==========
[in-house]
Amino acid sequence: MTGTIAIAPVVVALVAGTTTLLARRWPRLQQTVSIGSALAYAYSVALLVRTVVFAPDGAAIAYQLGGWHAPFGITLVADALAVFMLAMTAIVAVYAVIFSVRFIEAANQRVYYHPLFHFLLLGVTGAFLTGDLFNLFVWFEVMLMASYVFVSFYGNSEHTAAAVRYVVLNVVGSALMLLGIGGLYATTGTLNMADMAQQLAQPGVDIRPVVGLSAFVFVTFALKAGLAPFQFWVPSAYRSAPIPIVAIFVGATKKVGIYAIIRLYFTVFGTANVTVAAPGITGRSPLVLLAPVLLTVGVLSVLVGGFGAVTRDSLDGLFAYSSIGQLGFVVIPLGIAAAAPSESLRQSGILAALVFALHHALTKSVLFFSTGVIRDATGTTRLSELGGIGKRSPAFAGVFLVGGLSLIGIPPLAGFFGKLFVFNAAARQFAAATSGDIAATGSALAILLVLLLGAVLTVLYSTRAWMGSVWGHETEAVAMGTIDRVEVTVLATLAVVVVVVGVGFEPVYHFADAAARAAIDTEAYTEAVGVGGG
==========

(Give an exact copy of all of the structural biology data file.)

[in-house]
Amino acid sequence: MTGTIAIAPVVVALVAGTTTLLARRWPRLQQTVSIGSALAYAYSVALLVRTVVFAPDGAAIAYQLGGWHAPFGITLVADALAVFMLAMTAIVAVYAVIFSVRFIEAANQRVYYHPLFHFLLLGVTGAFLTGDLFNLFVWFEVMLMASYVFVSFYGNSEHTAAAVRYVVLNVVGSALMLLGIGGLYATTGTLNMADMAQQLAQPGVDIRPVVGLSAFVFVTFALKAGLAPFQFWVPSAYRSAPIPIVAIFVGATKKVGIYAIIRLYFTVFGTANVTVAAPGITGRSPLVLLAPVLLTVGVLSVLVGGFGAVTRDSLDGLFAYSSIGQLGFVVIPLGIAAAAPSESLRQSGILAALVFALHHALTKSVLFFSTGVIRDATGTTRLSELGGIGKRSPAFAGVFLVGGLSLIGIPPLAGFFGKLFVFNAAARQFAAATSGDIAATGSALAILLVLLLGAVLTVLYSTRAWMGSVWGHETEAVAMGTIDRVEVTVLATLAVVVVVVGVGFEPVYHFADAAARAAIDTEAYTEAVGVGGG